Calcination vs. Pyrolysis, Different Processes in the Same Drying System

Calcining and pyrolyzing are different processes and reactions but both can be done in an indirect fired rotary dryer with typically the same type of feed and discharge systems.  The primary difference in equipment occurs outside the “reactor” or “kiln” which is the indirectly heated dryer.

Calcination is the process of thermally treating a chemical compound with a restricted supply of oxygen at temperatures lower than the melting point of the compound.  The term originally was derived from a Latin word and specifically referred to treating limestone to yield quicklime (calcium oxide) but the term has been watered down to now be used to refer to thermally treating or decomposing a number of ores and compounds.  Some vertical brick lines kilns are used for large limestone particles but horizontal rotary kilns are used for the bulk of limestone calcination.

Unacademy lists the following as typical examples of thermal treatment in a calciner:

  • Limestone calcination – entails the breakdown of carbonate ores and the removal of carbon dioxide.
  • Calcination of bauxite and gypsum – requires the elimination of water vapour from crystallisation.
  • The breakdown of volatile components in raw petroleum coke
  • Making rutile by anatase or devitrification of glass materials.
  • Zeolit synthesis with ammonium ions eliminated.
  • Anhydrous alumina is left behind when bauxite is calcined and the water is removed.

https://unacademy.com/content/jee/study-material/chemistry/calcination-reactions/

Pyrolysis also occurs in an indirect fired rotary dryer by heat treating at high temperatures but requires an oxygen deficient environment due to the generation of syngas in the process.  The indirect application of heat chemically decomposes organic materials.  Each organic material reacts differently at increasing temperatures and a pyrolizer can be used for multiple processes,  Fox example the process on wood to create charcoal or biochar as a desired end product also creates biogas.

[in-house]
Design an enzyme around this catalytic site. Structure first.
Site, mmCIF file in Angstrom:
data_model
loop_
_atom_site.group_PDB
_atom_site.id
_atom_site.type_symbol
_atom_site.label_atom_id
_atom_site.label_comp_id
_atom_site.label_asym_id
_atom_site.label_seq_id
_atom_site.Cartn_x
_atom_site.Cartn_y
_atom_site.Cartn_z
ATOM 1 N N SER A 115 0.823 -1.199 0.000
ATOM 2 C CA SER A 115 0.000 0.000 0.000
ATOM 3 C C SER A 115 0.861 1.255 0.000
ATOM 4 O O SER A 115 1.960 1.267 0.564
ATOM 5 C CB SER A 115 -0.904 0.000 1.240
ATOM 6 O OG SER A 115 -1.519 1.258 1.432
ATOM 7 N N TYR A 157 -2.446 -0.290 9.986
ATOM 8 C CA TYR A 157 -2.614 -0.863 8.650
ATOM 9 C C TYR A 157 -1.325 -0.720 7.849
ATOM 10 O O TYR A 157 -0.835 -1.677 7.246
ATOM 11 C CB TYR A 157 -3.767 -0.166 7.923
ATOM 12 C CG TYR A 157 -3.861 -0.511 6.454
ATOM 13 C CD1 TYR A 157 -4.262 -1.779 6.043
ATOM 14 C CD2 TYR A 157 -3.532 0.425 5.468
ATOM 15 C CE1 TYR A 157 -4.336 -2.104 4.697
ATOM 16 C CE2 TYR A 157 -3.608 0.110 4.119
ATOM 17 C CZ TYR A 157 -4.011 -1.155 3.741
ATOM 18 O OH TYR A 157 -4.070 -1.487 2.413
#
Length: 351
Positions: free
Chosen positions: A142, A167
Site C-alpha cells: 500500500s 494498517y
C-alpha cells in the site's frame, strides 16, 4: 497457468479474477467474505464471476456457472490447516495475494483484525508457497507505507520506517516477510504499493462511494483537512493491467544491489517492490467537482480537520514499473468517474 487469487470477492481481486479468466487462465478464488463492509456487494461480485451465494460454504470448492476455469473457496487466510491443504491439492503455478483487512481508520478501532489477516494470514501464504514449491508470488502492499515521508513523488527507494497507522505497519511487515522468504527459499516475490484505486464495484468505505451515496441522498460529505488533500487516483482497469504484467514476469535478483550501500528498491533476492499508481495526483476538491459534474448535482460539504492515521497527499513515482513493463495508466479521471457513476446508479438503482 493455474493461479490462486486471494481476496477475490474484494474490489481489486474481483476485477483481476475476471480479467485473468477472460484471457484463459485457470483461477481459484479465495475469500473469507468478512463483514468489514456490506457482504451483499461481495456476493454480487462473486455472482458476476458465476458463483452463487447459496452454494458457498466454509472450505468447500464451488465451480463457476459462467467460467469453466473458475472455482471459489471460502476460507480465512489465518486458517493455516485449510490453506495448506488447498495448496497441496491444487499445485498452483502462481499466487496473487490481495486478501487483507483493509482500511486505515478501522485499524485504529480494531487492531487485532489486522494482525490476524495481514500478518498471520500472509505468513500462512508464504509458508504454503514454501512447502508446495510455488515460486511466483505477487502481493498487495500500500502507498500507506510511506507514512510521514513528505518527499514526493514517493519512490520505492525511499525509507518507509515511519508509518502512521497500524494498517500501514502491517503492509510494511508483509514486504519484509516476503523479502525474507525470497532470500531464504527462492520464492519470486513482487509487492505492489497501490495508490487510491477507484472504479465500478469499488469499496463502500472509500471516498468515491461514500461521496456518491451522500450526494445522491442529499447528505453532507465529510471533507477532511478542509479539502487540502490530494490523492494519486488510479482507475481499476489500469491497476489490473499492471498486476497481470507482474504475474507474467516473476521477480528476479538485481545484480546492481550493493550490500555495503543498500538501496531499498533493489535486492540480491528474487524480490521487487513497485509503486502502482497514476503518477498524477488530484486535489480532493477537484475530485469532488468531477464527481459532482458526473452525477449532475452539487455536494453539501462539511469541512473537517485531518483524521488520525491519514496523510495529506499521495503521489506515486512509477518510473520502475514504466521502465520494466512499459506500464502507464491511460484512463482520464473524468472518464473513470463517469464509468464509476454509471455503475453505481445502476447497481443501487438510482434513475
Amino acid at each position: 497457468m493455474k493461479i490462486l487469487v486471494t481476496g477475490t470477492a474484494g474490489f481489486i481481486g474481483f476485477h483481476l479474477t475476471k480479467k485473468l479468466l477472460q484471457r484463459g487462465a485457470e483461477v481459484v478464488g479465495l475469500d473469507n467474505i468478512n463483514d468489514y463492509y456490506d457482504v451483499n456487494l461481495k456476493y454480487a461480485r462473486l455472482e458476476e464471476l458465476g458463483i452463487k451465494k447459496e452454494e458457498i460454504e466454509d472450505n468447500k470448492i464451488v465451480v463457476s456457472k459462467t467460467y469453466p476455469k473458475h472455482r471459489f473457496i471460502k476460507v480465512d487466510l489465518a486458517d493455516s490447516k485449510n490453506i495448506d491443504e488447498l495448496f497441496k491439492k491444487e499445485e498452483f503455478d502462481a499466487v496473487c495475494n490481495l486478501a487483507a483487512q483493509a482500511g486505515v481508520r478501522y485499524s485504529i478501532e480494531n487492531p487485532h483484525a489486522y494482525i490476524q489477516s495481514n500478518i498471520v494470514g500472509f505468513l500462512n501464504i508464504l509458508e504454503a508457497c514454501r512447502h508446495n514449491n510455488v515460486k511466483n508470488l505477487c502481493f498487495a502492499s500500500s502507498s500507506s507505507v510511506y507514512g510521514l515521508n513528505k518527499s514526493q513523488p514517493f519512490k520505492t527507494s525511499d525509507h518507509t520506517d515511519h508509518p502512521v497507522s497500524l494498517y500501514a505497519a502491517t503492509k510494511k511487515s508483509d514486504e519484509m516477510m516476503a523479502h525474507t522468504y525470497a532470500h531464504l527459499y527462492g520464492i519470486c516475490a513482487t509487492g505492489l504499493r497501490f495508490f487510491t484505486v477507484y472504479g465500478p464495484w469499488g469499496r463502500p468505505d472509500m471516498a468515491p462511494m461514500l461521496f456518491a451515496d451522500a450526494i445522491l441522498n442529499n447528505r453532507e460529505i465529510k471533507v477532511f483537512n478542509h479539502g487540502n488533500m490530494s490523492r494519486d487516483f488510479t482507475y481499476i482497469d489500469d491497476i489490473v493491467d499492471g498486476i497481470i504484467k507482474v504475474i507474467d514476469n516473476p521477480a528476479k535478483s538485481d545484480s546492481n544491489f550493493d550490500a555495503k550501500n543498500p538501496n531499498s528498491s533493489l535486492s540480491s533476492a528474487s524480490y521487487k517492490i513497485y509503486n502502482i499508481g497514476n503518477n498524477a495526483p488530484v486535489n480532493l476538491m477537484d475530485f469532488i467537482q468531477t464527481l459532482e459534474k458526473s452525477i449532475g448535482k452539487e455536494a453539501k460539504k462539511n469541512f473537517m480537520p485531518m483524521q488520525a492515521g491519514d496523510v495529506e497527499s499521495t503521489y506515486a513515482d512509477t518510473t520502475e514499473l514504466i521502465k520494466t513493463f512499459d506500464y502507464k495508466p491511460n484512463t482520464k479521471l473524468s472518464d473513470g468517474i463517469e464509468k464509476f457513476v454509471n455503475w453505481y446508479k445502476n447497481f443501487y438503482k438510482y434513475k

Britannica lists numerous examples of pyrolysis in an indirect heated rotary dryer used as a pyrolysis unit:

  • extracting materials from goods such as vehicle tires to create carbon black and syngas.
  • removing organic contaminants from soils and oily sludges.  
  • creating biofuel from crops and waste products. 
  • removing organic contaminants sewage sludge to make heavy metals remaining in the sludge inert, which allows the sludge to be used safely as fertilizer.
  • Pyrolyzing biomass materials such as wood and sugarcane bagasse for producing  biochar and gases.

https://www.britannica.com/science/pyrolysis Vulcan Drying Systems has been designing, manufacturing and producing calciners and indirect fired rotary dryers for pyrolysis for a number of processes.  The centerpiece is the rotary dryer and insulated heat chamber with a series of burners used to create heat zones for pinpoint control of the process throughout the length of the kiln drum cylinder.  A number of different fuel sources can be used for generation of heat, including the reuse of the syngas or condensed liquid gas from the process.  The calcining process may use a high temperature baghouse or a scrubber or series of scrubbers as air pollution control while a pyrolysis unit typically utilizes a series of scrubbers to cool and condense the gases as well as treat any volatiles released.  A thermal oxidizer can be added to thermally destroy uncondensed gases.

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